Tag Archives: 2012

Review: The Laramie Project

Whilst many people across Leicester were hitting the (alcohol) bottle, catching up with friends after a busy week or packing to go to Egypt (okay, that’s probably just my sister!!), me and a couple of my friends decided to go and see ‘The Laramie Project’ at Curve theatre. Now, this wasn’t the way that I usually like to spend my Friday nights, but I was so glad that I decided to swap catching up with ‘Jersey Shore’ to go and support my fellow DMUers.

I purposely didn’t research anything about the play because I wanted to see it with an open mind, but I was aware that ‘The Laramie Project’ had something to do with the murder of a gay university student named Matthew Shepard. Due to the fact that ‘The Laramie Project’ was a collaborative partnership between De Montfort University and Curve, I knew it wouldn’t be like anything else I had previously seen at the theatre. However, I was certain that it would be excellent!!

The play itself was split into two acts, with a twenty minute interval in between, and whilst it might not have been everyone’s cup of tea, it was definitely mine. Seriously, I was captivated right from the beginning up until the very end. I was so impressed by the acting and the way that it sort of dived straight into the story. You found yourself chucked in the middle of everything, trying to piece it all together. In addition, I liked the fact that the actors were addressing the audience throughout the play – bar two scenes (I think), because it kind of made it more personal and made me feel more involved.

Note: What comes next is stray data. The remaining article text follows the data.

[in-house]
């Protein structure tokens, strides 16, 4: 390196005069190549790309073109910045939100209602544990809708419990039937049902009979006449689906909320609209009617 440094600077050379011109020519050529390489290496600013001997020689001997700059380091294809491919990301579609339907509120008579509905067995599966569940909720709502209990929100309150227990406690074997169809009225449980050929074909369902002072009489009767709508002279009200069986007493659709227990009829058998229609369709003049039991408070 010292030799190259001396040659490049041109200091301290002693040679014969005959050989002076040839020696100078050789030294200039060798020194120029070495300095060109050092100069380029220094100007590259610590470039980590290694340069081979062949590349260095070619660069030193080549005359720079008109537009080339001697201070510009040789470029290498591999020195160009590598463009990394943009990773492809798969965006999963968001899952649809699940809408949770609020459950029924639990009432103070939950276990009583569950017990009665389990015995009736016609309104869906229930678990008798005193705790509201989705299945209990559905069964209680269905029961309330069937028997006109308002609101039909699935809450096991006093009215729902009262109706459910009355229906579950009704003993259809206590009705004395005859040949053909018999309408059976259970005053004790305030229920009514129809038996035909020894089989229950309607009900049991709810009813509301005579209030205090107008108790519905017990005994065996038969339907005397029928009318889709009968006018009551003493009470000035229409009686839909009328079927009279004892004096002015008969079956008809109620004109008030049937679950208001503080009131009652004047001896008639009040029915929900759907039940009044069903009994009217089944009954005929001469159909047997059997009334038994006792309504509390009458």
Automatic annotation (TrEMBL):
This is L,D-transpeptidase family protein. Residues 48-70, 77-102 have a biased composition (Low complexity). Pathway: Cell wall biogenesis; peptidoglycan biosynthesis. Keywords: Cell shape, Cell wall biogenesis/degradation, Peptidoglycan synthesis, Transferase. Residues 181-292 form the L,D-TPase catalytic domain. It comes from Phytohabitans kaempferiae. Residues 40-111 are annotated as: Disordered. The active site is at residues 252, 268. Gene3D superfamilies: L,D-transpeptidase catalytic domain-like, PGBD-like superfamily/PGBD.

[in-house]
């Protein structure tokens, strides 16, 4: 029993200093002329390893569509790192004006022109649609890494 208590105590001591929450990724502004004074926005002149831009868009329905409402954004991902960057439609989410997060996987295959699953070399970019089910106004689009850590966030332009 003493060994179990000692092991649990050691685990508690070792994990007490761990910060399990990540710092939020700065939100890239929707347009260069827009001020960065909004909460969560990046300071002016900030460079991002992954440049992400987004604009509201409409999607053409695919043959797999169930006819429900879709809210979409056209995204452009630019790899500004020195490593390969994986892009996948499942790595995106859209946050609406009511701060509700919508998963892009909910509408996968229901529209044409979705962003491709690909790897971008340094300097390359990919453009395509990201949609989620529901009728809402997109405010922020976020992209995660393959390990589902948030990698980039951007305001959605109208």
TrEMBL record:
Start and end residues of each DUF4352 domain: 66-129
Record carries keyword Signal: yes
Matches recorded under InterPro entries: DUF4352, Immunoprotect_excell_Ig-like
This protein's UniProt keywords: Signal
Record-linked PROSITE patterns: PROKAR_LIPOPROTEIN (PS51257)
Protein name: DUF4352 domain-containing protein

I think the reason why I was so moved by the play (like many others, I’m sure) is because it’s a true story and uses the actual dialogue of the people of Laramie who were involved, people who are actually alive today. In fact, I was so moved by the play that as soon as I got home, I started researching the story myself and spent the next morning watching the 2002 film with the same name. In both the play I watched on Friday and the 2002 film, I found the monologue by the actor portraying Matthew’s father Dennis incredibly moving because in all the drama of it all, you sometimes forget that Matthew was someone’s son, brother, grandson, and friend.

Personally, I can’t believe that incidences like this can and do occur, because the way I see it is; love is love regardless of gender, age, religion and all the other constraints that people have placed on it. Hopefully, one day everyone will be able to look beyond the social constraints that have been placed on love and accept it for what it really is.

The DMU students involved in ‘The Laramie Project’ did an excellent job. They’re so talented and I hope to see them on stage again at some point in the near future.

If you’ve seen The Laramie Project or if you’ve got an opinion about the play/incident/etc, feel free to pop your thoughts in the comments box below.

Priya

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Goodbye 42nd Street